Monica Bowman is the director of The Butcher’s Daughter (TBD) Gallery, in Ferndale, MI. Her gallery opened in 2009 with a splash and has already made its mark in the local and regional scene, in addition to bringing a much-needed reconsideration of Detroit art to the national arena. This is the first of a non-sequential series of e-terviews in the upcoming year with art practitioners and professionals from the Detroit-metro area.
Many people would consider opening an art gallery in the midst of the worst economic crisis of recent times to be complete insanity. What drove you to do so? How are you faring so far?
Options brought me back to Detroit. After grad school, I knew I had to hit the ground running but New York wasn’t providing the sustenance I was looking for. Or perhaps I should say, I didn’t see an immediate option for the type of sustainable future I was looking for.
Practically speaking, rents were affordable here and I was encouraged by what some people were calling a thriving “micro-economy” made up of an existing collector base, (still) concentrated wealth centers and a number of outstanding academic centers producing young artists.
I am doing what I love and it pays me back.
In the exhibitions I have been able to visit (I’d say my record is close to 100%), you have selected artists from the immediate region and the east coast. You have also shown mid-career artists, people fresh out of school, and almost everything in between. How did you select the artists from your current roster? Do you have a specific strategy for future selections?
Artists are very much a part of my life. When I go into a relationship with an artist, it is a personal and monetary investment. It’s about growing together. There’s this great book called Art/Work that I use at CCS to teach business practices that likens the artist/dealer relationship to a romantic relationship: the group show is like first date, the solo show is like an exclusive relationship, artist representation ‘like a marriage and so on… It’s fictitious but puts into perspective the responsibility of maintaining a professional art business relationship.
My strategy is to continue to follow my instincts and be prudent about the opportunities I can provide artists. It’s got to be win/win or it’s not worth it for me.
Many galleries that display contemporary works focus on one-person shows, usually proposed by the artists whom they represent. TBD presents a lot of curatorial exhibitions, meaning that the director acts more like a curator akin to that of a museum – the proposal comes from the top, so to speak. Has this been a conscious decision or an organic outcome? Do you see the possibility of exhibiting works from varied artists sans theme? How do you think your projects affect the artists’ own practice?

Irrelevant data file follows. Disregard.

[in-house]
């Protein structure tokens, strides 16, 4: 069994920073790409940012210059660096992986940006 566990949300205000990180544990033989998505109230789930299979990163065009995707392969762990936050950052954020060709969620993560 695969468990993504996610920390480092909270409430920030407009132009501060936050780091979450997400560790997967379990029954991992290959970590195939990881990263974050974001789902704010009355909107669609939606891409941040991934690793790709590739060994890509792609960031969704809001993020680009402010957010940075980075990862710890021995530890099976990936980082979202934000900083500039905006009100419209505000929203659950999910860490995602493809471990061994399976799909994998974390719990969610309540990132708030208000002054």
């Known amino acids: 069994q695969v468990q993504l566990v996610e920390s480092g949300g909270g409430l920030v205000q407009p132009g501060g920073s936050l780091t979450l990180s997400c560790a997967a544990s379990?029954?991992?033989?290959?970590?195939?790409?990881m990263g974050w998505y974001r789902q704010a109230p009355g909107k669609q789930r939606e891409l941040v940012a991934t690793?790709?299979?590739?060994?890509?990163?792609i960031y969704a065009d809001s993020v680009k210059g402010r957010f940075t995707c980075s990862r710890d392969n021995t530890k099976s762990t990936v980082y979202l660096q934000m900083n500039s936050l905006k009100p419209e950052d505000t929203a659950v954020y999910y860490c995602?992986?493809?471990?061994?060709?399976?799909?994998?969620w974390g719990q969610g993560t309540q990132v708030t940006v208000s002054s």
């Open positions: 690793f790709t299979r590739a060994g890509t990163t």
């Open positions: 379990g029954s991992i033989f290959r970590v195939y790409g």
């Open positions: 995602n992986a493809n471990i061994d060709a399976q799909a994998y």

There are various reasons why galleries make certain curatorial decisions. Mine are driven primarily by curiosity and a desire to promote progressive artists making relevant work that I can secure clients for. The marriage between an artwork and patron is serious business.
Does all this effect the artist’s process? That’s a great question that I address with each of the artists’ I’ve shown. I think the market is a concern for every professional artist but should not be the driving force behind the work. I mean, unless you want to be like Thomas Kinkade or something.
Seriously, I have experimented with various types of exhibitions (solo, group shows, themed…) and will continue to do so. I think my business and educational background lends itself to my vision of conducting exhibitions that are culturally curious and continue to sustain my business.
In these speedy, almost two years since you’ve opened the doors, your gallery has found and filled a niche much needed in this area. It has also asserted itself as a serious place for business and culture in town. Both your opening receptions and your salons are very well attended. How does TBD differ from other galleries in the region? What role does it play in the local/regional art scene? What do you believe this region still lacks/needs?
Those things you list make The Butcher's Daughter different or at the very least stand out: generating serious business, creating and exploring cultural discourse and offering artist exchange. I like to think of the gallery as a catalyst for cultural enrichment: a place for individuals to learn from and teach one another.
I think Detroit needs greater confidence in itself, more writers and informed participants –more sharing, more intimacy, more discourse.
What is in the future of TBD? What are some of your upcoming projects you’d like to share?
I have a show up at The Butcher’s Daughter that features plans too big to be currently realized called Who Dares Wins. It features sixteen artists from all over. ‘Really excited about it and I have a solo show coming up around the corner to round out the second season.
I’m also pretty thrilled about my first curatorial project outside TBD that is happening in April at Fred Torres Collaborations in New York. It’s called Live From Detroit and features twelve artists from our community. I feel like it’s a game changer for me.
The future is about adapting, being flexible and staying true to my mission to create context and market for emerging artists. The future is about ideas.
click here to visit The Butcher's Daughter gallery.
click here to visit The Butcher's Daughter gallery.